His reasoning is not based on religious conviction but rather stems from his investigation of the subject stretching from ancient
In his 2006 book, "The Future of Assisted Suicide and Euthanasia," Gorsuch derided the idea that a person could take their own life as a way of achieving "death with dignity."
He wrote, "Human life is fundamentally and inherently valuable, and that the intentional taking of human life by private persons is always wrong."
Gorsuch, whose nomination is to be taken up by the
Legalizing the practice, he said, could be a slippery slope. Doctors, insurance companies and the healthiest in society might wind up looking for ways to shorten the lives of the frail and the elderly to preserve resources for those with more promising futures. Doing so, he said, would have a disproportionate impact on the poor, the powerless and minorities who sometimes do not receive the same quality of medical care and pain-control management when they are ill.
"If a right to consensual homicide is eventually accepted into the law, we might ask what other ripple effects it could have on social and cultural norms. Why not, for example, allow individuals to sell their body parts or their lives?" he asked.
And he suggested that if killing became a professional duty under certain circumstances, medical care professionals may someday face "wrongful life" lawsuits from families upset their relatives suffered needlessly when a doctor or nurse failed to advocate for death.
Still, his book made clear that his views do not interfere with a right of individuals to choose through living wills to reject certain potentially life extending measures, such as the use of a ventilator. That right was established in a landmark court case brought after the parents of
Gorsuch's opposition to assisted suicide is among the reasons that abortion-rights and anti-abortion groups alike believe that Gorsuch generally would join conservative justices in voting to restrict abortion. Gorsuch himself has not had a lot to say about abortion, either in his book or in more than 10 years as a federal appeals court judge. He was careful to note in the book that in the seminal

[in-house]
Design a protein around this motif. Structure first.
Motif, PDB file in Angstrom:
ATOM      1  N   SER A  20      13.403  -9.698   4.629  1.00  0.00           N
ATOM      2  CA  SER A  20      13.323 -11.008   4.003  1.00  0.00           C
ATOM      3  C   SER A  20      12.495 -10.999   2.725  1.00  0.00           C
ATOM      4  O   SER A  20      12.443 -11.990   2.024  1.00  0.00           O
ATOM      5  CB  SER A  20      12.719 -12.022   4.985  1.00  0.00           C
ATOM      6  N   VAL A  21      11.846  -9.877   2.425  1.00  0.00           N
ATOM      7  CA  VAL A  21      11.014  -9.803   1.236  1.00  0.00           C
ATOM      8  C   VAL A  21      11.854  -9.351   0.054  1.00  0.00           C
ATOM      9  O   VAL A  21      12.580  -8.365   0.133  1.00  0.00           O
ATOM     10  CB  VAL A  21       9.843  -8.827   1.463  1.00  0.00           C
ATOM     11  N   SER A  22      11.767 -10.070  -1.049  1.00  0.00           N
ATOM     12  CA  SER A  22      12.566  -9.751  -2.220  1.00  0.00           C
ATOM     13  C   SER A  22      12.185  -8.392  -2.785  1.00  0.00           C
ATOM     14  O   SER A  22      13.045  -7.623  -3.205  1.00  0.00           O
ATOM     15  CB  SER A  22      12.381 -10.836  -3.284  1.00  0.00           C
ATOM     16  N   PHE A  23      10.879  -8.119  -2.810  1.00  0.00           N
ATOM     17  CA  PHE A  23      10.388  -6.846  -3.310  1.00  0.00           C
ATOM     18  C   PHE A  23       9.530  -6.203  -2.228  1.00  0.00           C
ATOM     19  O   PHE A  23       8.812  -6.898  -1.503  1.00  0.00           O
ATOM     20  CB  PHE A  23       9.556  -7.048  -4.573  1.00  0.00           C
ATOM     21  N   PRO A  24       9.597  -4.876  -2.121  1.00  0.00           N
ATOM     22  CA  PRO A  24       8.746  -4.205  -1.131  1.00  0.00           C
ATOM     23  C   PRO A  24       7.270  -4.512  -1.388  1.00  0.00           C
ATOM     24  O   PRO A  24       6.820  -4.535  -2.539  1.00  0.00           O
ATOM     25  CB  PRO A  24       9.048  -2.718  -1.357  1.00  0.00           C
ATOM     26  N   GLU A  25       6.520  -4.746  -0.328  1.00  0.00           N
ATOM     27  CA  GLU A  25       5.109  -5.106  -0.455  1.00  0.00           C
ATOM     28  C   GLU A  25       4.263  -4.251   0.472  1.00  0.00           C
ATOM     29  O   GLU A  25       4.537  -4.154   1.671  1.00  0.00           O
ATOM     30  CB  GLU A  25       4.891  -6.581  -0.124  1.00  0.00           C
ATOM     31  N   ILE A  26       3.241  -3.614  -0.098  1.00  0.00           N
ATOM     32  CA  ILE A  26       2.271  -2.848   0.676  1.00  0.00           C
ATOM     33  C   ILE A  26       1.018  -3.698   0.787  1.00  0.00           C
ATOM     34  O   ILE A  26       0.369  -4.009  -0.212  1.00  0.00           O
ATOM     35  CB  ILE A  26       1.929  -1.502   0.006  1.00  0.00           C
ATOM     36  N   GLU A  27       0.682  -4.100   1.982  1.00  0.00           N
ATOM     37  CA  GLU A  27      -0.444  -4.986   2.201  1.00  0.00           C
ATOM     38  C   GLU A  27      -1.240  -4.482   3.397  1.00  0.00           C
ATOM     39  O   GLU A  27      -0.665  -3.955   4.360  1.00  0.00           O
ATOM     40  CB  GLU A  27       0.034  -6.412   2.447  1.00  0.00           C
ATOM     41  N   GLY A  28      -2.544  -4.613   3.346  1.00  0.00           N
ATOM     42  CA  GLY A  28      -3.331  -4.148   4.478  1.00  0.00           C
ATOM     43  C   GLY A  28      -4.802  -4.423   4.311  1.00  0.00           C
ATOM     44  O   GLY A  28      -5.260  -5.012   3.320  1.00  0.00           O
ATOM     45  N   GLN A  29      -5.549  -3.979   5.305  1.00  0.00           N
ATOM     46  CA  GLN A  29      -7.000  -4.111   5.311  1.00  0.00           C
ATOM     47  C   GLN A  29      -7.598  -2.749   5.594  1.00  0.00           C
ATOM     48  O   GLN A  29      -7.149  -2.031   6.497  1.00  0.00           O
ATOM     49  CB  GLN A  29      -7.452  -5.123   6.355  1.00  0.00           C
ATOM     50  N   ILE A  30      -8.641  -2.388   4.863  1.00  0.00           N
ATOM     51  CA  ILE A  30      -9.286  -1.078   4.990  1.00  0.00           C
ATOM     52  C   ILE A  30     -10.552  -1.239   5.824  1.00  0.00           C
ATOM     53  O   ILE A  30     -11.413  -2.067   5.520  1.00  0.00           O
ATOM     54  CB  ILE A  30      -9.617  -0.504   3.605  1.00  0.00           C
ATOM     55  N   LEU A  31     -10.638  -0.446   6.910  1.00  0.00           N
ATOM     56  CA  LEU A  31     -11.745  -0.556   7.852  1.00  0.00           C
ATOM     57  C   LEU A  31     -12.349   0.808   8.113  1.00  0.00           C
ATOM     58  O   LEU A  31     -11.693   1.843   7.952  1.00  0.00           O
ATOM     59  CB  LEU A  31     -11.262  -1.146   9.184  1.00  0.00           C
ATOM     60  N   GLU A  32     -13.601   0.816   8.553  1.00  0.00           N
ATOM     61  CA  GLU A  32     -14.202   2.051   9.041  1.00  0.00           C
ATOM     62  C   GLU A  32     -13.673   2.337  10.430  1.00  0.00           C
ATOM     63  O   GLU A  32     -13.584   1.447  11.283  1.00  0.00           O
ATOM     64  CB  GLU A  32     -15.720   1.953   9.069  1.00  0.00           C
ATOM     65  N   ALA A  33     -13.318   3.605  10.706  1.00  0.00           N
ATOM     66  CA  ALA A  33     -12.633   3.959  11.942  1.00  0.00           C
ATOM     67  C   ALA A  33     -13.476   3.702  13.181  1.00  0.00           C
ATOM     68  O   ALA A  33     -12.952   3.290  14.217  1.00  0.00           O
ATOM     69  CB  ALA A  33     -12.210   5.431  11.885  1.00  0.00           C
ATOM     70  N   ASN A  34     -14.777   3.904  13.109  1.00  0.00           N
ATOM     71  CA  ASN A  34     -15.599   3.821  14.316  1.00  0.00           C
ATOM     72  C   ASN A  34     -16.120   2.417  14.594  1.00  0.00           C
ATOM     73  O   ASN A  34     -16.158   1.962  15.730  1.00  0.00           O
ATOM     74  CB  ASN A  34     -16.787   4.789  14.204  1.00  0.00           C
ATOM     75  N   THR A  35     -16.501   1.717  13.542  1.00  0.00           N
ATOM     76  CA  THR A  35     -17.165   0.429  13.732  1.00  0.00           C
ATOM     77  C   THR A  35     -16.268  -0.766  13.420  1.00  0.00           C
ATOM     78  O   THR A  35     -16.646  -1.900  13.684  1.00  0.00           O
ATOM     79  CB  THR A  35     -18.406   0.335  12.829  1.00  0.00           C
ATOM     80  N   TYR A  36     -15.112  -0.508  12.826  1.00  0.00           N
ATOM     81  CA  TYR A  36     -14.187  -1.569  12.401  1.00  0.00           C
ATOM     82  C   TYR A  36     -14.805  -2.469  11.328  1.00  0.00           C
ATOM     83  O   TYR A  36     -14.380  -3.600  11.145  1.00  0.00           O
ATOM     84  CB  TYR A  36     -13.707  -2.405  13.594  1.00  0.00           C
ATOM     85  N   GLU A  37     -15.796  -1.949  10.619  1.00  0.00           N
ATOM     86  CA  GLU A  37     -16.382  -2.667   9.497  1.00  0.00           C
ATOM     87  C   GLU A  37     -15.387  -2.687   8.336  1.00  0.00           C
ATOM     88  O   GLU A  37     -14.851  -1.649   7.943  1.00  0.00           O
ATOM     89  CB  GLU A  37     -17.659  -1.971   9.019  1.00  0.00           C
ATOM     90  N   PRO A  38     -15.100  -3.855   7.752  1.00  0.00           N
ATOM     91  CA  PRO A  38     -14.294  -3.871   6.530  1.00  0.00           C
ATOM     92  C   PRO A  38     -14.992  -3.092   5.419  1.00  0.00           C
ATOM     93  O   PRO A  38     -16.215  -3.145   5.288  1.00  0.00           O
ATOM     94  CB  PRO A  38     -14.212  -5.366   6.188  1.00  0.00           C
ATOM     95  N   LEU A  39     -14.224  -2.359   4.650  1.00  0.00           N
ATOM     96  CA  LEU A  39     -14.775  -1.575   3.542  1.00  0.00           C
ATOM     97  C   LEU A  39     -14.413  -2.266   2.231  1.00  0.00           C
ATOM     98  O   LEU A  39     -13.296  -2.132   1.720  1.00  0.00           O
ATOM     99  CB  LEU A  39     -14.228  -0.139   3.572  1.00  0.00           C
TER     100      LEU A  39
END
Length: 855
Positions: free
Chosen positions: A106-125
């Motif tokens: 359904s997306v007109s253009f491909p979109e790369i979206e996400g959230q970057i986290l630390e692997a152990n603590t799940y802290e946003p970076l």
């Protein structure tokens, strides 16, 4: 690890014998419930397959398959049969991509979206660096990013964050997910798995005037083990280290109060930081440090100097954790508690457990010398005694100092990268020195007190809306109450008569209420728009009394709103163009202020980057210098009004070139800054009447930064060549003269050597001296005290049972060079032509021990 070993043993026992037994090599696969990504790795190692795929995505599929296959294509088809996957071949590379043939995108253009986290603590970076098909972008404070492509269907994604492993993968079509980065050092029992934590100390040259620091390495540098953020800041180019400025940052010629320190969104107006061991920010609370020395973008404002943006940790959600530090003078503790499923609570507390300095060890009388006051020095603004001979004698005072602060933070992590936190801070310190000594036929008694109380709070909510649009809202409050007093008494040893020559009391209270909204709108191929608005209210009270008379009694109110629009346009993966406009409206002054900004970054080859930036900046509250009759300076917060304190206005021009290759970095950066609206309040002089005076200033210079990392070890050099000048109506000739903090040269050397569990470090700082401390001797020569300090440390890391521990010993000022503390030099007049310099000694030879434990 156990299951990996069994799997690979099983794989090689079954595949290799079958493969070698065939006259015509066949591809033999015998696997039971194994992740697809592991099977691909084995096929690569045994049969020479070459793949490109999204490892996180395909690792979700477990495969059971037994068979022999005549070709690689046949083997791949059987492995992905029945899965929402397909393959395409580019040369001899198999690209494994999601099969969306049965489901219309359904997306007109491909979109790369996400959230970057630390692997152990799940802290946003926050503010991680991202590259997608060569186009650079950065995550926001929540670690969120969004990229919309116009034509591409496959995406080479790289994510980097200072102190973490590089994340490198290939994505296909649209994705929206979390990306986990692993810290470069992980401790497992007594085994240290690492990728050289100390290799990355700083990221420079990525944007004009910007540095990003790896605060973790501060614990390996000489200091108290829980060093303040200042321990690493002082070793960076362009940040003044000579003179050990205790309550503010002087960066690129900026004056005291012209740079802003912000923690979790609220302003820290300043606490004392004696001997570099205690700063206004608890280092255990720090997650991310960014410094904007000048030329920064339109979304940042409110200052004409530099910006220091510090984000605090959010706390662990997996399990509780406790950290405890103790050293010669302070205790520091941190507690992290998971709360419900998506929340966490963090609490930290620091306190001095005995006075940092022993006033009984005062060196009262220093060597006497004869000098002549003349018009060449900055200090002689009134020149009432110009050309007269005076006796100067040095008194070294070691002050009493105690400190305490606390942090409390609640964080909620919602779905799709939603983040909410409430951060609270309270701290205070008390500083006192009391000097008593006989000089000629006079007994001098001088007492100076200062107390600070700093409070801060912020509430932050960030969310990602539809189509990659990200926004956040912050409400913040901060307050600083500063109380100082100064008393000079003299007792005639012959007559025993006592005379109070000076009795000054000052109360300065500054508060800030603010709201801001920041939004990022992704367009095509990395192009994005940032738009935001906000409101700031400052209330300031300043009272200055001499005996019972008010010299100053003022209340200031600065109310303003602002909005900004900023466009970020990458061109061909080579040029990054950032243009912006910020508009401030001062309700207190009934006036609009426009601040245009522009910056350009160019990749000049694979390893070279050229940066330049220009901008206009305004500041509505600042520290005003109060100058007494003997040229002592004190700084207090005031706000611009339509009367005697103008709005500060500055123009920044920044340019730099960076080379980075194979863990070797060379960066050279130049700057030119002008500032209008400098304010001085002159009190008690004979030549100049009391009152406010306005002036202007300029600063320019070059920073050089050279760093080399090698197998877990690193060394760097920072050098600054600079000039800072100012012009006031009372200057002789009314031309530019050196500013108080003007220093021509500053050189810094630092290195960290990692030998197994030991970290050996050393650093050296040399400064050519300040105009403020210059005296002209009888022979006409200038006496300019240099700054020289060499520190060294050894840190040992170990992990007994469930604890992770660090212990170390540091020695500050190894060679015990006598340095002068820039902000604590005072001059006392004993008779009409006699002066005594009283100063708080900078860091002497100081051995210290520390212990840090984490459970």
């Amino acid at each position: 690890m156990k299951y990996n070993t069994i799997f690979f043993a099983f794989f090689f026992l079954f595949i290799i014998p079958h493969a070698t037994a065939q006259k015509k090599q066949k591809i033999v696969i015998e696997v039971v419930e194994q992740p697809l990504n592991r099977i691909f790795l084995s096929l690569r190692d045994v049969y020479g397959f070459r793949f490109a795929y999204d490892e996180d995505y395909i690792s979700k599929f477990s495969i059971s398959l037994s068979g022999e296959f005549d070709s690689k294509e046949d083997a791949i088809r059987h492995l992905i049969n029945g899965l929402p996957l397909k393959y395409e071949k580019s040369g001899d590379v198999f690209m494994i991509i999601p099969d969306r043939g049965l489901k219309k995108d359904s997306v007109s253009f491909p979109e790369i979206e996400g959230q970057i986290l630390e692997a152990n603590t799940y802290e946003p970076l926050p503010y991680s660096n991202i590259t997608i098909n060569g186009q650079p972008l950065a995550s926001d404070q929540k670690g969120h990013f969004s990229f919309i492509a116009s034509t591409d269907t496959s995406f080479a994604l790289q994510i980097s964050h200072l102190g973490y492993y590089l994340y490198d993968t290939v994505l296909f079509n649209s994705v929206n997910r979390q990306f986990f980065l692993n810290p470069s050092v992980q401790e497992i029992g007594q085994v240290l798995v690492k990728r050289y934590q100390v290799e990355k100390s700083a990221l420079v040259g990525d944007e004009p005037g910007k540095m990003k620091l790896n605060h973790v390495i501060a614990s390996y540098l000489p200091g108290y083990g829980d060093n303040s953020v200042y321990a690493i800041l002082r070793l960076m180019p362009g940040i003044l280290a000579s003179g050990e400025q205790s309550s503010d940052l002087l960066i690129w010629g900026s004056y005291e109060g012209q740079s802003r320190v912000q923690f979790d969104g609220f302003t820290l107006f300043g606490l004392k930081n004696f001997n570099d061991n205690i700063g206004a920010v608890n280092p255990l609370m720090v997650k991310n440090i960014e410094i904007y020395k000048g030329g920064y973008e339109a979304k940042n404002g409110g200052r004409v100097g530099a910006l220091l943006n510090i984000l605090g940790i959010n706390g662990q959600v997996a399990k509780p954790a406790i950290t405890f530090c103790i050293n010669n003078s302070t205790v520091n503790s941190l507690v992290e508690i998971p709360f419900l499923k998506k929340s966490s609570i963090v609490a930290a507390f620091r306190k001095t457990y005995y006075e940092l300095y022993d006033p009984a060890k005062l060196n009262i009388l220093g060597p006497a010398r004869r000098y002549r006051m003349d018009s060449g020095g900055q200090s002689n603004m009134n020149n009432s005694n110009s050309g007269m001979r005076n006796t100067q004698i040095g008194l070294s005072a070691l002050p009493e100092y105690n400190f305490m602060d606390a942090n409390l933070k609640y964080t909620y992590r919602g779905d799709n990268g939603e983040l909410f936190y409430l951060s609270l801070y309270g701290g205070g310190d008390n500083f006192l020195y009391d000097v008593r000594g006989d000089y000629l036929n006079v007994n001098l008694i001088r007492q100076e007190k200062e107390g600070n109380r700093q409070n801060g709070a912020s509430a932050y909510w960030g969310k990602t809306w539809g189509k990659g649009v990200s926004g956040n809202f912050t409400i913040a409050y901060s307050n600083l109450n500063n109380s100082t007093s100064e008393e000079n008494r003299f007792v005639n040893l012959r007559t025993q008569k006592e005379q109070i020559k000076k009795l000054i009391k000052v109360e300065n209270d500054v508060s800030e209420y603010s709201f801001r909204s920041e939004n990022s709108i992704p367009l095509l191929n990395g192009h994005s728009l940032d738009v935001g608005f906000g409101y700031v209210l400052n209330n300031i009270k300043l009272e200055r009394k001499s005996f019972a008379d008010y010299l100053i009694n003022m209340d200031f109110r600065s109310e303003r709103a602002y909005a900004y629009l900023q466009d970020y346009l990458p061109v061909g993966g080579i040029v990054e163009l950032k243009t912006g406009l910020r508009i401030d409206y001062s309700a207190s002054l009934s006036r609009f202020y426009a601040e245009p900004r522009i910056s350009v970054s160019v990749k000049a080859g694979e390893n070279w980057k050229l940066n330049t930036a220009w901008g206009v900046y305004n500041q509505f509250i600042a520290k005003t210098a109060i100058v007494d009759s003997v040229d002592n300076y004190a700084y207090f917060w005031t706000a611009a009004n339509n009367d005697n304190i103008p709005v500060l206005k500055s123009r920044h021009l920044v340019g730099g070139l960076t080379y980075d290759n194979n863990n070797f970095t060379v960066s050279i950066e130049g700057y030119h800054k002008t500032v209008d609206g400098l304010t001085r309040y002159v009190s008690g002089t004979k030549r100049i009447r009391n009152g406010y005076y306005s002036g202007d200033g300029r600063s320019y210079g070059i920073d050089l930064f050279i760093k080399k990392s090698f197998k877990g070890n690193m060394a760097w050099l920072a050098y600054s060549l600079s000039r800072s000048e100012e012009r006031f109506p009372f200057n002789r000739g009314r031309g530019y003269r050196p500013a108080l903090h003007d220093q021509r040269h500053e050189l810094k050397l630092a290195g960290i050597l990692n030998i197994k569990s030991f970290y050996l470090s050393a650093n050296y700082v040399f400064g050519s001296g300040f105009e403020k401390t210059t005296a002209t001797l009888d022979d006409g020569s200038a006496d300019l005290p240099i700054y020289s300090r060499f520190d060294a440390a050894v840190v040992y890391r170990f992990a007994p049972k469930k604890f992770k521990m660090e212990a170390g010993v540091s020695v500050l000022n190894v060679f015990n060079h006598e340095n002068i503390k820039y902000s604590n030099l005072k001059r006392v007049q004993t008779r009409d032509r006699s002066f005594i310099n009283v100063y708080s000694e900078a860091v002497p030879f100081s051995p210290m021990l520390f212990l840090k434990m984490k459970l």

Gorsuch's largely dispassionate analysis of assisted suicide and euthanasia was published by
In it, Gorsuch traced the history of assisted suicide from ancient
He notes, for instance, that it was referred to as "self-murder" in
By 1939, he said, a poll showed up to 46 percent of Americans favored some form of legal euthanasia.
The book contains few religious references, but he wrote: "Though the Bible nowhere explicitly forbids suicide, from its earliest days Christianity taught against the practice."
The book, catering to those interested in an in-depth legal analysis, had a limited audience until Gorsuch was nominated by President
The court left states free to resolve the question for themselves by voting 6 to 3 to reject then-Attorney General
In his book, Gorsuch wrote that in
That, he wrote, highlighted the question of whether assisted suicide was "a matter of necessity or more of a lifestyle choice for persons who have always tended to control their lives and now wish to control their death."
Poll after poll, he said, suggests that ethnic minorities in the
He predicted more northern states would pass laws within the next two decades allowing physician-assisted suicide. And if the issue reaches the
Besides, he added, "People can change their minds on this as they grow older or see suffering."
Associated Press Writer
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